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Posts Tagged ‘cnn

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Dr Sanjay Gupta asked the CDC Director, Dr Rochelle Walensky, to address a common question that some people have about COVID-19 [timestamp]. If they already developed immunity from being infected with SARS-CoV2 before the vaccines were ready, why did they still need to be vaccinated? 

This is a fair question and it stems from a poor understanding of how viral mutations work. Dr Walensky gave a straightforward answer, but I do not think that it connected with its intended audience.

Some among that audience will be gamers who know what game bosses are, so here is an analogy. When reach the end of a game stage, you face a boss that is tough to fight. If you beat that boss, the game does not end. You proceed to the next stage and meet another boss.

The original SARS-CoV2 was like the first stage boss. Those who overcame it without a vaccine developed natural immunity, but the battle continues with more stages and bosses. They are not guaranteed a win against the bosses in the next stages simply because they got past stage 1.

As gamers play through each stage, they pick up skills, abilities, or tools that might enable them to  fight the next boss more effectively. The vaccines are like these pickups — they help us fight against the new viral variants.

Analogies can only go so far, but they might connect with certain people more effectively than raw explanations. The skill is knowing when and which analogies to use. 

Rising above, teaching is not about trying to reach everyone generically. It is about ensuring that learning happens specifically. In this context, it means explanations that could be scientific, analogy-driven, and/or peer-generated. There is no single way to defeat a game boss, but everyone can do it if they find their own way. 

CNN took a break from the Trump circus to focus on one ordinary person.

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The man at the centre of a social media storm was roundly criticised for grooming himself on public transport. A mad mob made judgements instead of finding out the facts first.

Some basic journalism revealed that the man had fallen on hard times and had been in and out of homeless shelters. He had just left one such shelter and was on his way to visit an estranged brother. He just wanted to look presentable.

Some from the mob apologised. A few started raising money for the man. The thing is: Could we not have skipped the mad mob and started with the caring crowd?

Common to both the mob and the crowd was social media. The same tool set that spread vitriol also focused on helping.

There are some people who still like to blame social media for our ills. Doing that is a convenient cop out. We are responsible for the tools we use and what do with them.

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CNN had a special on retweeting. And, no, it wasn’t by someone with a lisp writing about US forces retreating from Iraq.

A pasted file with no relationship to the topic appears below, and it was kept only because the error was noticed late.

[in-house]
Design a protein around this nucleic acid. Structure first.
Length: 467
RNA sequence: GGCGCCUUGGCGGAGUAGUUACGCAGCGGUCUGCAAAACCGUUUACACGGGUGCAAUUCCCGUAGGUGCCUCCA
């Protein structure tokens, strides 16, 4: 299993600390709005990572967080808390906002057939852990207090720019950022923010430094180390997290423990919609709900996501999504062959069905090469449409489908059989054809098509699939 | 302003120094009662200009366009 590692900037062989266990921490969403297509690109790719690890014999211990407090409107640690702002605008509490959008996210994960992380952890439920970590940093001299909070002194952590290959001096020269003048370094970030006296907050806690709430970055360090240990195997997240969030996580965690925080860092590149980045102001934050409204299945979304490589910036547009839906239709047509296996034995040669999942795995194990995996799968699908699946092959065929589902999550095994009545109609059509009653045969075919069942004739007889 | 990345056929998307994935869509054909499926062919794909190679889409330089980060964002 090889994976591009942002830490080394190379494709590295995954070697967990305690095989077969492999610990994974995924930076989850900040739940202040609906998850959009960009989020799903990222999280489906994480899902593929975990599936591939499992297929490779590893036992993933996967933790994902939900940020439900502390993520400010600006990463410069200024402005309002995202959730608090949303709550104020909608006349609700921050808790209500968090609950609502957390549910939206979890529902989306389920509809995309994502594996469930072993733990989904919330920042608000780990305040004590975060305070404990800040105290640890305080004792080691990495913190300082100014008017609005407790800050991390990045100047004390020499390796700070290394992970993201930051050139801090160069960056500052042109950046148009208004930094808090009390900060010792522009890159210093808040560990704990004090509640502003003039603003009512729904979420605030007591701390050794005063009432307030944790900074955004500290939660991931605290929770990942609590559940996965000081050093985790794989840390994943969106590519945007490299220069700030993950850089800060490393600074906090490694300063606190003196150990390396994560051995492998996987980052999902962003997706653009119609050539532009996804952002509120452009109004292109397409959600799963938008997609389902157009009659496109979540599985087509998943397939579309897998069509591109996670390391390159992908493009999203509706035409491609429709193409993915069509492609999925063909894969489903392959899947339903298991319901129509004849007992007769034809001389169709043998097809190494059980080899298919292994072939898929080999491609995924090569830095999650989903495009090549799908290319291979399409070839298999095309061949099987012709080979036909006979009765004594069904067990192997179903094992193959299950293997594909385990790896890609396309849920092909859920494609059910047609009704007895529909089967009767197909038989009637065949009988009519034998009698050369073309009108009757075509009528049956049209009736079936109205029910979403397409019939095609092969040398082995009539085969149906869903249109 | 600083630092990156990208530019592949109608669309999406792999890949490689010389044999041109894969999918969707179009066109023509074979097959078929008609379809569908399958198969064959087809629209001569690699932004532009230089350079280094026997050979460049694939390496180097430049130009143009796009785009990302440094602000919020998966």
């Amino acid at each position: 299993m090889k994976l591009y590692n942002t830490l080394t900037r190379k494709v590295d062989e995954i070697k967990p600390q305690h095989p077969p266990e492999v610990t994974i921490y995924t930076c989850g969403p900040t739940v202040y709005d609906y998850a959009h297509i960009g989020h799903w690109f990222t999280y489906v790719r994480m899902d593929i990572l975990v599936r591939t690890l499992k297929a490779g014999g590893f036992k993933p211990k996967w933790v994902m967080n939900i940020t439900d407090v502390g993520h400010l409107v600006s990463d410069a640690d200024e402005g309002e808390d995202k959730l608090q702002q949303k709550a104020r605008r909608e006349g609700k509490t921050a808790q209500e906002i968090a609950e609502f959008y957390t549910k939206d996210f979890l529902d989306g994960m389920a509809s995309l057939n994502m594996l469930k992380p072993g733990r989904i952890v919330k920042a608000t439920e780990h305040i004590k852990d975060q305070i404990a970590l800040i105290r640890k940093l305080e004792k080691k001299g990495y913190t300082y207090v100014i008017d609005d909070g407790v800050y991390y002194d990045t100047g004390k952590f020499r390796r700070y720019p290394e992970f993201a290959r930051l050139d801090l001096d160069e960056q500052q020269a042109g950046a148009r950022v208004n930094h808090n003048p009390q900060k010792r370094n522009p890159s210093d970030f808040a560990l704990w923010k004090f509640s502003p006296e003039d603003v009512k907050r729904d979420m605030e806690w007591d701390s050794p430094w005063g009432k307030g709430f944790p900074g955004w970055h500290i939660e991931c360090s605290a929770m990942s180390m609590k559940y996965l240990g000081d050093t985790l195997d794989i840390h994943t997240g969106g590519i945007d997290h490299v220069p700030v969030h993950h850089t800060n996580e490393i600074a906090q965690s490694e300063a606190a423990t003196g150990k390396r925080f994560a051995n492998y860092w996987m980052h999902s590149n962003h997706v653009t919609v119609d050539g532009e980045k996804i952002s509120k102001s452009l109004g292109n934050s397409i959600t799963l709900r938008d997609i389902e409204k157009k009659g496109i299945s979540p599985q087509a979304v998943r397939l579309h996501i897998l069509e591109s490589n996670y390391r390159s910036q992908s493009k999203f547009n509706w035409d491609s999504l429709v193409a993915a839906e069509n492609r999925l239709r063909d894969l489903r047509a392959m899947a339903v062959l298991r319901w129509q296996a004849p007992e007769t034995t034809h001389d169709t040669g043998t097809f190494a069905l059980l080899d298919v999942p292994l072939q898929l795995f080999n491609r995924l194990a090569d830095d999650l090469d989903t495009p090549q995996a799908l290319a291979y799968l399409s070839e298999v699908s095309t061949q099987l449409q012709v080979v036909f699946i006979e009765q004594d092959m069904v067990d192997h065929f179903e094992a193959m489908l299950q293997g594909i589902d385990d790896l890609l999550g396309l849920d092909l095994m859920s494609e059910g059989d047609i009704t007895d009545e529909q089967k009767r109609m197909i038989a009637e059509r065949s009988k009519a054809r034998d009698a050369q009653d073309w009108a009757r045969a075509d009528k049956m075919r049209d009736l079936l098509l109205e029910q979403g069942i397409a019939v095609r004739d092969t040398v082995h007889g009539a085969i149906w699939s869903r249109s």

Thankfully CNN did not focus on Twitter as a phenomenon because that has been done to death. Instead, it dove into why followers retweeted tweets. (I can’t help but think how if I was writing this just five years ago, someone might have read my last sentence and concluded that I had gone mad!)

The reasons for retweeting aren’t astounding and seem rationale. But I was quite amazed at how many experts were weighing in on the issue. I wish more school leaders and adminstrators would sit up and take notice!

I came across a CNN article titled “Web 2.0-savvy teachers testing old assumptions“. Ah, I thought, something that might finally inform the layman about the impact that Web 2.0 was having on mainstream education. But this was true to a limited extent.

The new practices included relying less on the lecture-based approach when podcasting, promoting online collaboration, taking advantage of what technology and skills students already used or had, encouraging digital literacies, etc. The article also offered a few interesting links, like the one to Hyperwords which was an article on augmented reality.

Unfortunately, the article simply degenerated to a list of Web 2.0 tools that some innovative teachers had started using. The most important piece of information that was missing was just how teaching had improved as a result of, or in conjunction with, the use of these tools.

The tool is only as good as the strategy. If teacher use these tools simply to fulfil a “technology requirement” or to inject pointless fun into their teaching, then I think that they do more harm than good. But if they mediate the use of these tools with powerful pedagogies (like the ones mentioned in the early part of the article), they might actually transform teaching and truly engage their learners!


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